Born of a race whose inheritance has been outrage and wrong, most of my life had been spent in battling against those wrongs. But I did not feel as keenly as others, that I had these rights, in common with other women, which are now demanded.
Harper emphasized that if white women were considered unequal, as a black woman, she was worse off. Nevertheless, all people are "bound up together," she said, and "society cannot trample on the weakest and feeblest of its members." Equating the fight for women's civil rights with that of blacks, she hoped for a nation not with privileged classes, but a population of only privileged people, "whose privilege will be to produce the loftiest manhood and womanhood that humanity can attain." Though she admits merely allowing women to vote will not solve everything, she goes on:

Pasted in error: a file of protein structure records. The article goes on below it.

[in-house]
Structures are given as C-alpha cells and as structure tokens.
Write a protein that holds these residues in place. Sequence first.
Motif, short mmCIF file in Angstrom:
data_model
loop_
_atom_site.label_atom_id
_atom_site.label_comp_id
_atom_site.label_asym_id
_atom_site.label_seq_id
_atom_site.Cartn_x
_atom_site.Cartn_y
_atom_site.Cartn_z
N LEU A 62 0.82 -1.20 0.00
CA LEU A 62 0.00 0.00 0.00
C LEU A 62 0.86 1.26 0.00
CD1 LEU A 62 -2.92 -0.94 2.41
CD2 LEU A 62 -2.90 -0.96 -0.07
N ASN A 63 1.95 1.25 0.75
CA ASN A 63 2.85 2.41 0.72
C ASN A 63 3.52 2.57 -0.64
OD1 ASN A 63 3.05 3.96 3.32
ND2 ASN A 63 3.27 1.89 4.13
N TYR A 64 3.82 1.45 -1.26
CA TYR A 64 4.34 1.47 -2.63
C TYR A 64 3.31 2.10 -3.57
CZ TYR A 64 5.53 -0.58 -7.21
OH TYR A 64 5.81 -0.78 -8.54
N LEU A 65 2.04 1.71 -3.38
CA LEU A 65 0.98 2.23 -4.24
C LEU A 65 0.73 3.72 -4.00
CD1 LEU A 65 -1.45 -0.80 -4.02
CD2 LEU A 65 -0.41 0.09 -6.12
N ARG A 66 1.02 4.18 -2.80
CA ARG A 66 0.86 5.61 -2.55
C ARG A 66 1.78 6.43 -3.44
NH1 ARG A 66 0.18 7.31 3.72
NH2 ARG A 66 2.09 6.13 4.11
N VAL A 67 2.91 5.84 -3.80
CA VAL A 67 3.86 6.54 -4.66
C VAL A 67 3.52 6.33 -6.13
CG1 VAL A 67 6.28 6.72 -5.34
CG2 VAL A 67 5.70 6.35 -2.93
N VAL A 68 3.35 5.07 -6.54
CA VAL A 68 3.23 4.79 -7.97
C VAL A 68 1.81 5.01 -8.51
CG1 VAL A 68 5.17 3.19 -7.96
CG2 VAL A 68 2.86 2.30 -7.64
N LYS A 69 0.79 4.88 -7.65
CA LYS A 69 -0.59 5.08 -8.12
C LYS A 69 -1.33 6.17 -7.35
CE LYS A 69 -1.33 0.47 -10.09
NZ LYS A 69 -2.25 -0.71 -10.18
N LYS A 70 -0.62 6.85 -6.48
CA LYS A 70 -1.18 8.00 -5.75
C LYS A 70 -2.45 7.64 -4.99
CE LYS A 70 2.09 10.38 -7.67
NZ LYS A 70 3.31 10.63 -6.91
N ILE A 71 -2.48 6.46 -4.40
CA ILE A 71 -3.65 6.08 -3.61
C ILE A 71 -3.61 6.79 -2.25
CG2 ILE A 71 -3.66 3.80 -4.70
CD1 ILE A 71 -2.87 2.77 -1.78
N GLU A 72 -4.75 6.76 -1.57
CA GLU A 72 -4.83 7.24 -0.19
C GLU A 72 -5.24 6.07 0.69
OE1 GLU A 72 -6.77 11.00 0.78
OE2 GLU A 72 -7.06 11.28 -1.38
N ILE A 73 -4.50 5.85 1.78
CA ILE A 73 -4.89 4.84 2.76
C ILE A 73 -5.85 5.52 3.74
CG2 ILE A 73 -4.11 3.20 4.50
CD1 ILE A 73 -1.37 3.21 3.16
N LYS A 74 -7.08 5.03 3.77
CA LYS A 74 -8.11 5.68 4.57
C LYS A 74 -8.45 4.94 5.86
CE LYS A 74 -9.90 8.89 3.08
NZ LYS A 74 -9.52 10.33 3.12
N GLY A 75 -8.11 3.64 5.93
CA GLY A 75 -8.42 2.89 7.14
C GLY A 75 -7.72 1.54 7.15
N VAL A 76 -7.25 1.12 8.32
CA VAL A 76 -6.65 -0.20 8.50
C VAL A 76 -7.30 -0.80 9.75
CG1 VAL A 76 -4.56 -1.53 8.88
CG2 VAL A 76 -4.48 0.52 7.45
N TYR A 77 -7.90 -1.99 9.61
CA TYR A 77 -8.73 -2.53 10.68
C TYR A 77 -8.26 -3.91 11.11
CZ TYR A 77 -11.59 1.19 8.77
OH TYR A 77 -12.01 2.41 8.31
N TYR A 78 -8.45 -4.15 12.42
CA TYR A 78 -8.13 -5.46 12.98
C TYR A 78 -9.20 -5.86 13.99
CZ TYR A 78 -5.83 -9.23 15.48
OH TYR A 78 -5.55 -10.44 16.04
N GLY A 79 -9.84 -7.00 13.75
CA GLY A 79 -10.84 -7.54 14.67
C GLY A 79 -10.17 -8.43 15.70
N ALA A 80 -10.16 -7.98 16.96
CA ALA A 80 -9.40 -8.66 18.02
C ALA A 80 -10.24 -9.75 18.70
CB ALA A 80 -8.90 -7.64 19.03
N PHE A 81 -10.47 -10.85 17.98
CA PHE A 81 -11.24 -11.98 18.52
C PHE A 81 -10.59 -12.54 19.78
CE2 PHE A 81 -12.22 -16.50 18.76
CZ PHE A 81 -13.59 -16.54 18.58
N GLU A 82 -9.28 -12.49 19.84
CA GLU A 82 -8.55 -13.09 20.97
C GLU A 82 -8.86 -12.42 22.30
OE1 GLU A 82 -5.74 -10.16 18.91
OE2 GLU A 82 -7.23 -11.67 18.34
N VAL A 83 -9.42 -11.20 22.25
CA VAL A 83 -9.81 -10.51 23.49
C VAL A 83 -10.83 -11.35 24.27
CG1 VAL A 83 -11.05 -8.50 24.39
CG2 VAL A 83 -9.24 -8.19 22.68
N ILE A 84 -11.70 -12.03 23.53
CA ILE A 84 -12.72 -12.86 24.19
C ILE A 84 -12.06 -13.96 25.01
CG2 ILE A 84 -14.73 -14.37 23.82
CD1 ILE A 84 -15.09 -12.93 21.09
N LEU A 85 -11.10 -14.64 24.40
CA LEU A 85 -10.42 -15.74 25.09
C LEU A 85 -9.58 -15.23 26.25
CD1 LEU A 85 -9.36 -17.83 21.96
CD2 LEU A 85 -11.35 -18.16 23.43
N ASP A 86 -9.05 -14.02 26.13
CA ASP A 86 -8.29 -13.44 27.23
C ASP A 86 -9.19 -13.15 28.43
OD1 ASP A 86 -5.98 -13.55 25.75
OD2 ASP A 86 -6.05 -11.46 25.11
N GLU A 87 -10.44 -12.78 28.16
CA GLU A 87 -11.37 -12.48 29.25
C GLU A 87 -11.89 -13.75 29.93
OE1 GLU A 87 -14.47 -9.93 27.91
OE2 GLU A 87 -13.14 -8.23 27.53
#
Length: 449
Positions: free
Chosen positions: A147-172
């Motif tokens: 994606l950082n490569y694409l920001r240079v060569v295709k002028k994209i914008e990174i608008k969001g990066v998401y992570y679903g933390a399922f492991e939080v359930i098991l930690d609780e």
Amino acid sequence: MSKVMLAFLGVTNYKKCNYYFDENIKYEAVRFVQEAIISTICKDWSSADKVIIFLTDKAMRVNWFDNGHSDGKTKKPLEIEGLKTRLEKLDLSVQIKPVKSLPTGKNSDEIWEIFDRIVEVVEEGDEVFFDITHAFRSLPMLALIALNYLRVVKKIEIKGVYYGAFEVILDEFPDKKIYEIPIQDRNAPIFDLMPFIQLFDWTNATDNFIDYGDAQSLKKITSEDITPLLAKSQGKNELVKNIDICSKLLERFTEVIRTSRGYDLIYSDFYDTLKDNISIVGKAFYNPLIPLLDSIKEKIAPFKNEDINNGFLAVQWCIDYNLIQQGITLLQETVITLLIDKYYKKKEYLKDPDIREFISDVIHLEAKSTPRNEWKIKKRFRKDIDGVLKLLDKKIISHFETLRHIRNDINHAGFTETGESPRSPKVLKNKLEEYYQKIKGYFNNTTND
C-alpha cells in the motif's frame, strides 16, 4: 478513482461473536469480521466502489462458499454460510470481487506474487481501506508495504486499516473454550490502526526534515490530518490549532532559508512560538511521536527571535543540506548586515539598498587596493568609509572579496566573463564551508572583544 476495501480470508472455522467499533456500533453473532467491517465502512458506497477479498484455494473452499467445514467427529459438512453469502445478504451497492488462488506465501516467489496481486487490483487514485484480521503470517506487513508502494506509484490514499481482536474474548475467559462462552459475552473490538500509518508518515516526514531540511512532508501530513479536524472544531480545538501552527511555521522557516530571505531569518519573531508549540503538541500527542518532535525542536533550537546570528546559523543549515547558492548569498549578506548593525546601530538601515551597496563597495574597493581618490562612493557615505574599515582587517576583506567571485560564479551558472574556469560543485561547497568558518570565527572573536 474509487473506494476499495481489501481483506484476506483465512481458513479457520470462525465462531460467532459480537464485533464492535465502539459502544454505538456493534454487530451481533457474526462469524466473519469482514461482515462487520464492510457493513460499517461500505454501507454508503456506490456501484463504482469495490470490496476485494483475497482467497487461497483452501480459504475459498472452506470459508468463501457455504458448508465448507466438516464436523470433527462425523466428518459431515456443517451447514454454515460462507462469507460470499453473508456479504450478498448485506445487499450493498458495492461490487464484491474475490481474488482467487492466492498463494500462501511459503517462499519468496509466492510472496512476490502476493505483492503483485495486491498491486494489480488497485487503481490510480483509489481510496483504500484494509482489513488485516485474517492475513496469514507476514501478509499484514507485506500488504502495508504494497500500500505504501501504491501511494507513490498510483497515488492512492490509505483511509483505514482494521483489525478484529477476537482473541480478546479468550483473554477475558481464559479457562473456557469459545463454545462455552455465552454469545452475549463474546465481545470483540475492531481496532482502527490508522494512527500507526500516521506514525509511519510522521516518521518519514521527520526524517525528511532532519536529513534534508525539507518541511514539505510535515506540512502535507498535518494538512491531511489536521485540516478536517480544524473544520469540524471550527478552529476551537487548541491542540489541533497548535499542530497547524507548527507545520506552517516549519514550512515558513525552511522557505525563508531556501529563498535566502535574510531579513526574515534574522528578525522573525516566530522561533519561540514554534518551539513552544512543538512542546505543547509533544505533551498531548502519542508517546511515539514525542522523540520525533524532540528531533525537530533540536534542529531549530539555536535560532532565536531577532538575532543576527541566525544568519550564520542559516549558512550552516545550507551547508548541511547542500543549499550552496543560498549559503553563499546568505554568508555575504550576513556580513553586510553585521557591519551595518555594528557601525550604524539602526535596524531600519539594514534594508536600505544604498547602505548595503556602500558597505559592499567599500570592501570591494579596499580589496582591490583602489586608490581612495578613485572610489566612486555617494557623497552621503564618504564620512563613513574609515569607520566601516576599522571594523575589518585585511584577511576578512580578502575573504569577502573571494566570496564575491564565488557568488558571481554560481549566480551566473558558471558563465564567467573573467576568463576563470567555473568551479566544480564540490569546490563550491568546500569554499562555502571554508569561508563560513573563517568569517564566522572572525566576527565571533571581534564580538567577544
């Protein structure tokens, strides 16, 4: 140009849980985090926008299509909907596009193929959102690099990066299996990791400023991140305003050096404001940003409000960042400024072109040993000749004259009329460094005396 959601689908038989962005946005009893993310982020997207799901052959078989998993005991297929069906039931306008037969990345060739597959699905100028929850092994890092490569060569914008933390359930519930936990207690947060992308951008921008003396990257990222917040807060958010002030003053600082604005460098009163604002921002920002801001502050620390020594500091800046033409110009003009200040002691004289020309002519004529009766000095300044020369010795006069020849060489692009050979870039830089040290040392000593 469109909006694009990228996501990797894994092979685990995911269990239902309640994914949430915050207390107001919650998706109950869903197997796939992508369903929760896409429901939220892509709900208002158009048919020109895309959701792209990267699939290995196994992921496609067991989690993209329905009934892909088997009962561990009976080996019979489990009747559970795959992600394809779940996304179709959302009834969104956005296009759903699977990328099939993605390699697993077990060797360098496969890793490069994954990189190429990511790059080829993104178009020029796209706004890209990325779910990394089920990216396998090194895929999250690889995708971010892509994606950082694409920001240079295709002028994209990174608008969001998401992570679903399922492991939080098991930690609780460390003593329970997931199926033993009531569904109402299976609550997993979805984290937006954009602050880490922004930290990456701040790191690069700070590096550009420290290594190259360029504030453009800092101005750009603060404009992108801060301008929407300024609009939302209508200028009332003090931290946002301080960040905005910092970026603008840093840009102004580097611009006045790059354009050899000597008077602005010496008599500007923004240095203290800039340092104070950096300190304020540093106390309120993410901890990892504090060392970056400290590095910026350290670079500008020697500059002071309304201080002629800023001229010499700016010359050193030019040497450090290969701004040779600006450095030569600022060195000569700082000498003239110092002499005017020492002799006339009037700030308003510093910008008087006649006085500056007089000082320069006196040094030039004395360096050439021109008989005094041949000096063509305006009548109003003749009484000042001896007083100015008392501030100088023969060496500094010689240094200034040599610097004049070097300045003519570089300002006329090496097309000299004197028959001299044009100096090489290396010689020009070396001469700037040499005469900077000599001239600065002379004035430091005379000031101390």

You white women speak here of rights. I speak of wrongs... Are there no wrongs to be righted? ...Talk of giving women the ballot-box? Go on. It is a normal school, and the white women of this country need it. While there exists this brutal element in society which tramples upon the feeble and treads down the weak, I tell you that if there is any class of people who need to be lifted out of their airy nothings and selfishness, it is the white women of America.
Elsewhere, in her poem "An Appeal to My Countrywomen," Harper wrote:
Men may tread down the poor and lowly,
May crush them in anger and hate,
But surely the mills of God's justice
Will grind out the grist of their fate.
On February 3, 1870, Congress passed the 15th Amendment, allowing black men the right to vote. The 19th Amendment, which extended voting rights to women, would not pass for another 50 years.